Sarah Watson focused on the idea that the underlying culture and structure of a creative business can be either a powerful enabler of change or an anchoring source of inertia. "Agencies have their own operating systems, but they are different," Watson noted. "Ours are invisible, instead of being attached to a user experience. And the further you get inside them, the more invisible they are ... which makes them potentially lethal. The agency OS can be both the unseen engine of greatness and the silent killer of change."
Process (still) matters
Many creative businesses would agree that they need to install an upgrade to their OS. What's not so clear, perhaps, is how they execute the install. So we spent some time on the how.
Extending the software analogy, Almighty's Ian Fitzpatrick argued that as operating systems age, they can get bloated with millions of lines of legacy code acting as a drag on the speed of the machine. The same, he contended, is true of agencies. "When we speak of agencies as nimble, large, or lean, we're talking about those lines of code, not the company's scale or billings," he said. "And when you ask someone about an agency they worked at and they say 'Oh, it was a total nightmare,' they're again talking about that code."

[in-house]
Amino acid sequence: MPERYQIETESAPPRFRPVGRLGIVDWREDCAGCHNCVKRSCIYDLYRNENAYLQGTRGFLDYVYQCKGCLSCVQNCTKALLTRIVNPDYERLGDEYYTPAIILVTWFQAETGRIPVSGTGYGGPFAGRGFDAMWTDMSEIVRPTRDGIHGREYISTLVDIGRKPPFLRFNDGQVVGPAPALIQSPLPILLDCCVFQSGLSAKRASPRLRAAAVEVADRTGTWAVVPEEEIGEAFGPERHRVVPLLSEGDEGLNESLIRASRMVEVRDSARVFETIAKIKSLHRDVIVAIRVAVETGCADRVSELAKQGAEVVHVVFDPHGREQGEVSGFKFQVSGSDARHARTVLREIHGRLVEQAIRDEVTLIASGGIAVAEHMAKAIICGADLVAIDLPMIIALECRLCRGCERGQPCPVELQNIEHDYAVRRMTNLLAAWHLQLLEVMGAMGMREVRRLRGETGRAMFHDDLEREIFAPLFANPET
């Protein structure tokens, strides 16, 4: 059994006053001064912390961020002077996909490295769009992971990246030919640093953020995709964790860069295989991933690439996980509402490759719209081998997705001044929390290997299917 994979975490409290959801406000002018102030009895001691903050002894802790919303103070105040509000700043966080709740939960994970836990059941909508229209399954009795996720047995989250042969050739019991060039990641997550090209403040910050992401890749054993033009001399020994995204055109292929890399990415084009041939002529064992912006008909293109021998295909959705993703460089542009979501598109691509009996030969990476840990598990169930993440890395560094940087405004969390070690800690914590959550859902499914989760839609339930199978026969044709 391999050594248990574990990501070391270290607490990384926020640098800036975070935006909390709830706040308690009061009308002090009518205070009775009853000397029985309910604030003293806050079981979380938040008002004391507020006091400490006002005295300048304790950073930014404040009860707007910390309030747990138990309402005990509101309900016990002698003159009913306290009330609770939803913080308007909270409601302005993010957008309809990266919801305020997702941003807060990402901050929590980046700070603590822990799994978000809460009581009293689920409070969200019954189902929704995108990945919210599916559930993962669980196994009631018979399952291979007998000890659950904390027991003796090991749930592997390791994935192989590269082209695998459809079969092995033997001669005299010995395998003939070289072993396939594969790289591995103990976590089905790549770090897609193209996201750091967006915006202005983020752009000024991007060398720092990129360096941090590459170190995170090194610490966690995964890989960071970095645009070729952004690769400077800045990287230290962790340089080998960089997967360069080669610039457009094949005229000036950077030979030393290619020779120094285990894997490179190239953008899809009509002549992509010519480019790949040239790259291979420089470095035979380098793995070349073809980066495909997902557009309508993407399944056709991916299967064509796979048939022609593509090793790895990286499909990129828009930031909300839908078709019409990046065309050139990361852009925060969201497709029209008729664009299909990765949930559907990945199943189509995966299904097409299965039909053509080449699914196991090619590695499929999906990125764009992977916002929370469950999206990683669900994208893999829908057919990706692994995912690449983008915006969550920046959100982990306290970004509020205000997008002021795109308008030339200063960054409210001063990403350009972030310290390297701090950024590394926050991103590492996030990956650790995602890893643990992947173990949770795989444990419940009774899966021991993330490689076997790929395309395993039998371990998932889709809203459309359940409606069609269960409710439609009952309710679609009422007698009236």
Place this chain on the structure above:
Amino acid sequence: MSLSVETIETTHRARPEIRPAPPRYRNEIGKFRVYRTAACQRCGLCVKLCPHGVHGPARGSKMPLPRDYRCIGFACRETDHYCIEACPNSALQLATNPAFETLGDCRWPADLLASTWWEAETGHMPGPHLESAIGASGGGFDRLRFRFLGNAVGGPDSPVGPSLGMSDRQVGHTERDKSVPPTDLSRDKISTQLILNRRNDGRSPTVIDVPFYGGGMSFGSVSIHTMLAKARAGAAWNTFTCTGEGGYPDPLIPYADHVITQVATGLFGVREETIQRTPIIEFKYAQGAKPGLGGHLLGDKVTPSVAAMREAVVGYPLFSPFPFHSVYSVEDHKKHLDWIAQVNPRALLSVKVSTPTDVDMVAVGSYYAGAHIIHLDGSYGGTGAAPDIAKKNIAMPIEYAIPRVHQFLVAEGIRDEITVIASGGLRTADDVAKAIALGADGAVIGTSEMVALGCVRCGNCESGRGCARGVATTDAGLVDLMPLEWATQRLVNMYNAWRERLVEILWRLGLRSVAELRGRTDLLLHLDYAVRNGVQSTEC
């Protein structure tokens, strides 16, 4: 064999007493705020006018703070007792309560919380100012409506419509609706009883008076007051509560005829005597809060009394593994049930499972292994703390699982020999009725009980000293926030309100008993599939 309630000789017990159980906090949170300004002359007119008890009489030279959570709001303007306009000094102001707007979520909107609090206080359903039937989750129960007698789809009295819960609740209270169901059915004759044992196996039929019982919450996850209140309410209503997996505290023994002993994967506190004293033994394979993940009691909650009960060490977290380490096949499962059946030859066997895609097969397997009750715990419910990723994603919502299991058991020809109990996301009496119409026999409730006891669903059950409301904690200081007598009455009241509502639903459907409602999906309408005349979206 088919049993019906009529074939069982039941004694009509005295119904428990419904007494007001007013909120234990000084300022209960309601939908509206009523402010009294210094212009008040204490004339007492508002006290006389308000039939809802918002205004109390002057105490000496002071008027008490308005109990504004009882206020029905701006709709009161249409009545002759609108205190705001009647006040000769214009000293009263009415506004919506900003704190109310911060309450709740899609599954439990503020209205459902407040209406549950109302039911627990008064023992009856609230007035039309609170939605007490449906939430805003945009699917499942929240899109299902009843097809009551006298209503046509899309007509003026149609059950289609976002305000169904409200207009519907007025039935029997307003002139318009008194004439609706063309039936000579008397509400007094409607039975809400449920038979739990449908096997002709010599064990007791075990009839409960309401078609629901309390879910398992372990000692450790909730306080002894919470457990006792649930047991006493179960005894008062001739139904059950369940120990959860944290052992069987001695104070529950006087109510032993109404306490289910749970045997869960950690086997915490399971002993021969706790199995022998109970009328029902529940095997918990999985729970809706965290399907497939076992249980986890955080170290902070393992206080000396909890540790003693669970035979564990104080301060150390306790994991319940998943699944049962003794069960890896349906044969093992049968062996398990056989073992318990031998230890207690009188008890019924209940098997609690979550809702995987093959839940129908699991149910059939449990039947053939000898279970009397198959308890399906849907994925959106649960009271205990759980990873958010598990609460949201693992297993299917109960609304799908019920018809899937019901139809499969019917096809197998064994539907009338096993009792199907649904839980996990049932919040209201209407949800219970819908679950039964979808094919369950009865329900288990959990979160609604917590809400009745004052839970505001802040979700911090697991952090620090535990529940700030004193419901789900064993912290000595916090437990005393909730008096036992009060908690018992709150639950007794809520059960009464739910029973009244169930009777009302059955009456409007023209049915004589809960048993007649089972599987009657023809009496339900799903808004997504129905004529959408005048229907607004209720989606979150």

Just as with a legacy operating system, the trick to upgrading an agency's code lies in what can be stripped away, not in what can be added. Fitzpatrick suggested doing this by rethinking the people we hire, how we organize our staff, the role of leadership, our financial model, and what we ultimately deliver to our clients. Meanwhile, Vulkan focused on iteration."We should be stealing from the coding world, where the emphasis is on iterating together as a group," he said. "We should be testing and tweaking openly and continuously, the way developers do. We're already heading in that direction, and because of that, we're sharper and better, and we don't waste so much time going around in circles."
Spencer Baim's take on this—that brands have to start acting and thinking like media companies— clearly stems from his experience at VICE. His building blocks are also simple, perhaps even timeless: get the purpose right, the people right, the touchpoints right, and the environment right. If these building blocks are in place, it's possible to shoot for the bigger ambition: to create "marketing as culture." And isn't that what we're all aiming for?